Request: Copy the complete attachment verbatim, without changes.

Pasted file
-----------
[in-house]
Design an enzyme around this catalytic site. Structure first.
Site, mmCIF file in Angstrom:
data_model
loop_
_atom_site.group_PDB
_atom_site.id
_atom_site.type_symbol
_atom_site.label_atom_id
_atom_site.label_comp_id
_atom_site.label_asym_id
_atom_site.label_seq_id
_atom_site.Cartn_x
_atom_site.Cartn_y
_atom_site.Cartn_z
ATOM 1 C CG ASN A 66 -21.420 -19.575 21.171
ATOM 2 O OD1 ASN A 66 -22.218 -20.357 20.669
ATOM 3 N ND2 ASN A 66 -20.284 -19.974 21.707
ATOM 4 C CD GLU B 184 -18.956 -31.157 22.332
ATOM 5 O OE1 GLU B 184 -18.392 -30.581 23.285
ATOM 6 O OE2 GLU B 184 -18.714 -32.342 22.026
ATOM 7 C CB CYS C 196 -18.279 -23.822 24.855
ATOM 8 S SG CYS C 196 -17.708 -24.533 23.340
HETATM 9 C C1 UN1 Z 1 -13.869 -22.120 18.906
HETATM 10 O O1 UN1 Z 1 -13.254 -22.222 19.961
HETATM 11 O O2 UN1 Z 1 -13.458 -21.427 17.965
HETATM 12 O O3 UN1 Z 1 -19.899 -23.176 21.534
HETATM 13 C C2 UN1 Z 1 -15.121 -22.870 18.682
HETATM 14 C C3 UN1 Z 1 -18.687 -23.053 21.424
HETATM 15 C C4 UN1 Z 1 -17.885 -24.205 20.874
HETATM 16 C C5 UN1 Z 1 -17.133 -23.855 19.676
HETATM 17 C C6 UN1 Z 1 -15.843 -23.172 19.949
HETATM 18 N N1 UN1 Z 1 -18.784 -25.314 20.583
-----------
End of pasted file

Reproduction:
[in-house]
Design an enzyme around this catalytic site. Structure first.
Site, mmCIF file in Angstrom:
data_model
loop_
_atom_site.group_PDB
_atom_site.id
_atom_site.type_symbol
_atom_site.label_atom_id
_atom_site.label_comp_id
_atom_site.label_asym_id
_atom_site.label_seq_id
_atom_site.Cartn_x
_atom_site.Cartn_y
_atom_site.Cartn_z
ATOM 1 C CG ASN A 66 -21.420 -19.575 21.171
ATOM 2 O OD1 ASN A 66 -22.218 -20.357 20.669
ATOM 3 N ND2 ASN A 66 -20.284 -19.974 21.707
ATOM 4 C CD GLU B 184 -18.956 -31.157 22.332
ATOM 5 O OE1 GLU B 184 -18.392 -30.581 23.285
ATOM 6 O OE2 GLU B 184 -18.714 -32.342 22.026
ATOM 7 C CB CYS C 196 -18.279 -23.822 24.855
ATOM 8 S SG CYS C 196 -17.708 -24.533 23.340
HETATM 9 C C1 UN1 Z 1 -13.869 -22.120 18.906
HETATM 10 O O1 UN1 Z 1 -13.254 -22.222 19.961
HETATM 11 O O2 UN1 Z 1 -13.458 -21.427 17.965
HETATM 12 O O3 UN1 Z 1 -19.899 -23.176 21.534
HETATM 13 C C2 UN1 Z 1 -15.121 -22.870 18.682
HETATM 14 C C3 UN1 Z 1 -18.687 -23.053 21.424
HETATM 15 C C4 UN1 Z 1 -17.885 -24.205 20.874
HETATM 16 C C5 UN1 Z 1 -17.133 -23.855 19.676
HETATM 17 C C6 UN1 Z 1 -15.843 -23.172 19.949
HETATM 18 N N1 UN1 Z 1 -18.784 -25.314 20.583